RALEIGH — In a case that could affect voter turnout in a presidential battleground state, an alliance of activists and Democrats scored some successes this week in persuading North Carolina officials to curb local Republican efforts to scale back early voting hours this fall, particularly in areas with high minority and Democratic populations.
But it’s not yet clear whether the State Board of Elections’ response will satisfy them.
“It was a positive day for voters,” Bob Hall, executive director of Democracy North Carolina, a voting reform group, said Friday about actions by the State Board of Elections the day before. Despite some setbacks, Hall added, “there were many successes.”
However, lawyers for the activists and local Democrats are reviewing the state board’s decisions about early in-person voting in 33 counties and weighing whether to seek more fixes in court.
The state Board of Elections on Thursday approved an early voting shedule for Robeson County that calls for six polling sites and shifted some hours from the beginning of the early voting period to the end. By late Friday afternoon, the Robeson County Board of Elections had not been informed of the specific hours approved by the state board.
A federal appeals court ruled in July that North Carolina GOP lawmakers engaged in intentional discrimination against black voters through a 2013 ballot access law that required voter ID and reduced the number of early voting days to 10. Early voting is used disproportionately by Democrats and by black voters.
The 4th U.S. Circuit Court of Appeals ruling ended voter ID and restored 17 days of in-person voting, but it still left details of the 17-day schedule in the hands of local election boards, where Republicans hold majorities. Those board members had been urged by state GOP leaders to discourage broad early-vote expansions.
The State Board of Elections stepped in Thursday in counties where local boards disagreed — usually along party lines — on dates, times and sites.
The GOP-controlled state board preserved at least some Sunday voting in several counties where it had been used in 2012, and where local GOP officials attempted to eliminate it. The appeals court specifically noted that Sunday voting is popular with black voters and with predominantly black churches that operate “souls to the polls” efforts.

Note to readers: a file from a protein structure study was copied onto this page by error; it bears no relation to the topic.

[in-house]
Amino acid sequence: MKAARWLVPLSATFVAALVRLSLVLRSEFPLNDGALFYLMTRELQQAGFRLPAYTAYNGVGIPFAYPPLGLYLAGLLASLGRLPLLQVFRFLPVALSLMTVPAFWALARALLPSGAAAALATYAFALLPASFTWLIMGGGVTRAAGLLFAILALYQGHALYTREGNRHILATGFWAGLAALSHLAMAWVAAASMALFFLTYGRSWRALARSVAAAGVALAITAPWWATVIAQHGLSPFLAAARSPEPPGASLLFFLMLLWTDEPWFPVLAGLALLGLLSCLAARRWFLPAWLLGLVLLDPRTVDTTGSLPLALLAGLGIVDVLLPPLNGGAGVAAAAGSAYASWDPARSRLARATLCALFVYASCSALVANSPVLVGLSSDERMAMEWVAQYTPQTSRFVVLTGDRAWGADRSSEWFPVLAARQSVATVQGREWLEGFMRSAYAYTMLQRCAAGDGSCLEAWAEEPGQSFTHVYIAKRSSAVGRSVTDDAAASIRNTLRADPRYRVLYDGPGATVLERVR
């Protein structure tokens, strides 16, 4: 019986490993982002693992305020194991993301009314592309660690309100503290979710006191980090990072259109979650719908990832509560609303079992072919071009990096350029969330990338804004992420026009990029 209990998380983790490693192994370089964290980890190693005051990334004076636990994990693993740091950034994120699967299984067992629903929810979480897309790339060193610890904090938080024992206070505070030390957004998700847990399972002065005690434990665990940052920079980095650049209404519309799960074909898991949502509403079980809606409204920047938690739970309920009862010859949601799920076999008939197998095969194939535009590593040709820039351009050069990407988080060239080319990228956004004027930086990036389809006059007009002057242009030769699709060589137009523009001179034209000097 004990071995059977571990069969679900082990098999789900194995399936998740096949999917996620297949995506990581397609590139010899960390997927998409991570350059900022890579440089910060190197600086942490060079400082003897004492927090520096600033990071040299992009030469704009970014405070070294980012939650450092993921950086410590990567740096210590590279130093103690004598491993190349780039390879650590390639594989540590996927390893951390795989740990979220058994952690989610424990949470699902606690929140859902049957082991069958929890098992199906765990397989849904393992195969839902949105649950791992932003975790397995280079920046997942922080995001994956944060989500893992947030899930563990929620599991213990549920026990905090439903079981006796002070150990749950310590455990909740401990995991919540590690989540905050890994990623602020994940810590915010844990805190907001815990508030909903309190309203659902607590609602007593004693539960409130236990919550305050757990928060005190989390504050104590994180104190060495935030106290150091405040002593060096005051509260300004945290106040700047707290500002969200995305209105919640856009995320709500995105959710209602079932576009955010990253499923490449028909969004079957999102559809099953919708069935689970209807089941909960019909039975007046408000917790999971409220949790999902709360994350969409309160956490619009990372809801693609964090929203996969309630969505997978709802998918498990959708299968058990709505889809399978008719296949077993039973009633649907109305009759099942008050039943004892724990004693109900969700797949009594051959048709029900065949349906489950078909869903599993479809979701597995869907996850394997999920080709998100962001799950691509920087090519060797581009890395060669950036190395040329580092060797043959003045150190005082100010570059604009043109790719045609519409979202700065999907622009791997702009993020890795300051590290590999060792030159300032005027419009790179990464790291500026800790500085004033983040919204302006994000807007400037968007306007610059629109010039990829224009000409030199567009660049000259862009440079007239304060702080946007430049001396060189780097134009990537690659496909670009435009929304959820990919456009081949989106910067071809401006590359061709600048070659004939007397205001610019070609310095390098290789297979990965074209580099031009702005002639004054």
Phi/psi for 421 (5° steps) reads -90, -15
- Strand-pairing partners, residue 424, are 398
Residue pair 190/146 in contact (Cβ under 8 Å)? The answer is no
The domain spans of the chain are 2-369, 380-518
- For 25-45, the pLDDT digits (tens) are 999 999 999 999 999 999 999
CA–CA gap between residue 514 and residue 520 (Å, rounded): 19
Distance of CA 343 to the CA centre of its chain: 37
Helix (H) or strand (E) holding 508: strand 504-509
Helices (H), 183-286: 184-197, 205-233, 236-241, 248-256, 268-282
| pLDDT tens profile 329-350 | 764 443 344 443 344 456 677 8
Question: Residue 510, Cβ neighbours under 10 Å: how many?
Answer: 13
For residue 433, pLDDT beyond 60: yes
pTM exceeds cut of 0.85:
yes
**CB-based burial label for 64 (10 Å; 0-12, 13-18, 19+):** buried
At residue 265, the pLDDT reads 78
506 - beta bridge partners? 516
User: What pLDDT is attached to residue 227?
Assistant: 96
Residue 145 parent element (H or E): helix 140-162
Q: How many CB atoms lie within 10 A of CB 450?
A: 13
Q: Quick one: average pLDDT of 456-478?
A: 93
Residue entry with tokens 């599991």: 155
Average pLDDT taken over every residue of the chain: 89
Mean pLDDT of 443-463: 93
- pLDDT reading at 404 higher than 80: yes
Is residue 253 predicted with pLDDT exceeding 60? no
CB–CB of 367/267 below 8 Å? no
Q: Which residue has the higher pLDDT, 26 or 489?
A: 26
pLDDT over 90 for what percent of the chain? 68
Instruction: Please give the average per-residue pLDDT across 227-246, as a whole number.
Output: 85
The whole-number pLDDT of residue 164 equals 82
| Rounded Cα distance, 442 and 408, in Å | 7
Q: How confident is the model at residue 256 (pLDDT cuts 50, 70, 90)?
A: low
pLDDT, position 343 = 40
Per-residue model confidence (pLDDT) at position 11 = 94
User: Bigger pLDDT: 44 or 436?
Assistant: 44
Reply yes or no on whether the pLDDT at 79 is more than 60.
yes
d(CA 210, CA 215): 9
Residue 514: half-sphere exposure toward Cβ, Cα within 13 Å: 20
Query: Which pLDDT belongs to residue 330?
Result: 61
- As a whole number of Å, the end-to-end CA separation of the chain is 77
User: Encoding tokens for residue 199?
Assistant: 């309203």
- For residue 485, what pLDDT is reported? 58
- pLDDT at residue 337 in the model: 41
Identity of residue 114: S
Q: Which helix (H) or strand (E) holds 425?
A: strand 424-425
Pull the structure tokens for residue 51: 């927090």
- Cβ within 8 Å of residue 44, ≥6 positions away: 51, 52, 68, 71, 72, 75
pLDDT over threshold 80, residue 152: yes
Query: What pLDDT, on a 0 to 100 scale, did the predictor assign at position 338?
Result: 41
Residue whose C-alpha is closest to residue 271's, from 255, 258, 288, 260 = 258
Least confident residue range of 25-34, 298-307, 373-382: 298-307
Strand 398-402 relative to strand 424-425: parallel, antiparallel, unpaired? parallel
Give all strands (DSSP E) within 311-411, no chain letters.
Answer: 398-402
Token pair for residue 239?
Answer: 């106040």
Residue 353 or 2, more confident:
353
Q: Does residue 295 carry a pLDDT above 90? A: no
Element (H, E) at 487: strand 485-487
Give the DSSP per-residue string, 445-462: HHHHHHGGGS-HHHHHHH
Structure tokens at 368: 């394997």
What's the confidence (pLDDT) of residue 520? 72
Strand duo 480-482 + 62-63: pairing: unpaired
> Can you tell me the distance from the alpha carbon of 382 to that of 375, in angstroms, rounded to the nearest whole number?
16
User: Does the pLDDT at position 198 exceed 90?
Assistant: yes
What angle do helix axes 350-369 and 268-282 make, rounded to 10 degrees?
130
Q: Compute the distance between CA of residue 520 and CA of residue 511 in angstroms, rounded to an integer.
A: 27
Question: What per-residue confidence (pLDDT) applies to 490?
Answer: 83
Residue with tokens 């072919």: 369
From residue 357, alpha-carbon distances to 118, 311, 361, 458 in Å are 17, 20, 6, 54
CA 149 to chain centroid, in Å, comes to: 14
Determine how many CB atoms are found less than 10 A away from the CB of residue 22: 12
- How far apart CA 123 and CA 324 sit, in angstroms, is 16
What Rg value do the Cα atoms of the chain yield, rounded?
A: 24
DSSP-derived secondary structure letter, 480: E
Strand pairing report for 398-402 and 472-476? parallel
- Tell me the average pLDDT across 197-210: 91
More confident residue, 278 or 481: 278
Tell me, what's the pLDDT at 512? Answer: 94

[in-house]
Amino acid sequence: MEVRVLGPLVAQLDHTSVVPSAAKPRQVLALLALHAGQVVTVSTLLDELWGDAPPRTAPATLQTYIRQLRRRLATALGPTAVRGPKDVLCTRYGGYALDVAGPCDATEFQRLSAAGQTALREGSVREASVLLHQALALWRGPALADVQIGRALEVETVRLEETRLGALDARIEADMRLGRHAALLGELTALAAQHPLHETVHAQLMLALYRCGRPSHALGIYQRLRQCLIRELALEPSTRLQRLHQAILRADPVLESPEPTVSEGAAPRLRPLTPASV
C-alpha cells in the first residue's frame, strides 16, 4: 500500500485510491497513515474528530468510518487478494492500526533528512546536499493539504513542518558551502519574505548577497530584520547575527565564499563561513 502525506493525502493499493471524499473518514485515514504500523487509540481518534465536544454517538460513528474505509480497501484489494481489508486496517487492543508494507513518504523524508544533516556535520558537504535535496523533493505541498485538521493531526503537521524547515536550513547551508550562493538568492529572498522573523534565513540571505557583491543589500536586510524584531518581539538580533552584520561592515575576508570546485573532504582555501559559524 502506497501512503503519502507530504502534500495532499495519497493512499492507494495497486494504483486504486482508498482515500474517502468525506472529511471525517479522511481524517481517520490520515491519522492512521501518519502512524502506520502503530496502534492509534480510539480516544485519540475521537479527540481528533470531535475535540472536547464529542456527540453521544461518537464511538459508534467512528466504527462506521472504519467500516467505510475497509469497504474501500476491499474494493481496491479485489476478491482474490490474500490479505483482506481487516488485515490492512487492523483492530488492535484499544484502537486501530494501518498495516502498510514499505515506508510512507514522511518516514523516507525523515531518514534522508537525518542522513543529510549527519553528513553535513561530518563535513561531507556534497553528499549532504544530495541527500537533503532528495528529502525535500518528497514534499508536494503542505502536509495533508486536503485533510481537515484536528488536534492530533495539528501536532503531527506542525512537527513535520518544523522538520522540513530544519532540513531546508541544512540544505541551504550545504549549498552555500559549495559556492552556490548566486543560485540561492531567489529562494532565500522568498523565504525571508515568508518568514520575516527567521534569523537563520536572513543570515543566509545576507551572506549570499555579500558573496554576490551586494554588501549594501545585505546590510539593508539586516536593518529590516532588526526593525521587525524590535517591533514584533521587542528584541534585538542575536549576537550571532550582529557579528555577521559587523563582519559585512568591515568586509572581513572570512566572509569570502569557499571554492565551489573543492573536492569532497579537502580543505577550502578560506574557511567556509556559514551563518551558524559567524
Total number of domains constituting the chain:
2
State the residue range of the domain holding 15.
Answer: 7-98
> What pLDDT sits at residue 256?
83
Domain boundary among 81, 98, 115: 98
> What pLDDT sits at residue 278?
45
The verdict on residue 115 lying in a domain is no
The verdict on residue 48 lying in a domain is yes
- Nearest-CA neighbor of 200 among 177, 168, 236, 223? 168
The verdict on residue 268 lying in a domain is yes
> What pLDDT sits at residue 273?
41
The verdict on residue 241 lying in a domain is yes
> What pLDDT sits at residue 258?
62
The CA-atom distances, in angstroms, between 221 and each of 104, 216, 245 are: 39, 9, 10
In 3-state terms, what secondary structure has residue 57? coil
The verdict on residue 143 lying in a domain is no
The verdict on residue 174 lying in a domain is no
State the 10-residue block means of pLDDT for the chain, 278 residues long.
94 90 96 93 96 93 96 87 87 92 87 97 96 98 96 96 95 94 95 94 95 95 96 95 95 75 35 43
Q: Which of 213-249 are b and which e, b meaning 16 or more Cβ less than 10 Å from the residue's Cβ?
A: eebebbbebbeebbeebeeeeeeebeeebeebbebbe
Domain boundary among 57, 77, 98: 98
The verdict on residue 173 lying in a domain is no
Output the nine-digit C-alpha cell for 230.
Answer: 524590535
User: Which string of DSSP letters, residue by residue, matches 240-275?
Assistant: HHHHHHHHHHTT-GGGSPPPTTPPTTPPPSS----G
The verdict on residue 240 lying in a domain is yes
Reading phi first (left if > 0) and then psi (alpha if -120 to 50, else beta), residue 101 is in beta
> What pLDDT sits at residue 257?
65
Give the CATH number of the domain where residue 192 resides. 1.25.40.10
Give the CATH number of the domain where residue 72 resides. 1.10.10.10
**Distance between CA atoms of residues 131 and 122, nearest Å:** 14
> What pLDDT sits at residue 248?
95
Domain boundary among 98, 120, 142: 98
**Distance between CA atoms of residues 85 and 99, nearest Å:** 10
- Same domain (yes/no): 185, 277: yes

The board would have to offer a good justification for getting rid of it, said state board member James Baker, a Republican, before agreeing to restore Sunday voting hours in Cumberland County, home to Fort Bragg.
“When it’s been in existence for us to cut it out completely, we have to have a good reason for doing that,” he said.
The state board rejected local Republican efforts to drastically reduce or limit voting hours and sites in small, majority-black counties, but also expanded hours in and around Raleigh to deal with throngs of presidential-year voters.
“I was very glad to see that some of the most egregious problems were corrected,” said Anita Earls with the Southern Coalition for Social Justice, whose group sued over the 2013 law.
But Earls and the Democrats and voting rights lawyers said they were disappointed the board failed to expand Sunday voting to more counties and provide even more sites to handle expected massive numbers of early voters in Charlotte and surrounding Mecklenburg County, home to 10 percent of the state’s electorate. The attorneys also noted the board in some cases backed Republican voting schedules when Democratic alternatives would have offered many more hours.
Republicans “were reluctant to expand the franchise even though there were plans that increased hours for people to vote,” said Irving Joyner, an attorney representing the state NAACP. “They could have done better.”
Joyner, Earls and their colleagues in the litigation said Friday they were reviewing the board’s decisions before determining whether to ask a court to fix early-voting schedules that the board declined to address. But Joyner said the NAACP may decide to focus its resources on get-out-the-vote efforts, rather than going to court to seek a few more hours of early voting.
Any legal actions must happen soon. While early voting begins Oct. 20, counties began mailing absentee ballots Friday to the first people who requested them. Those returned ballots must be counted on early-voting tabulators and need to be coded based on early voting decisions.
Managing Editor Sarah Willets and Associated Press writer Jonathan Drew contributed to this report.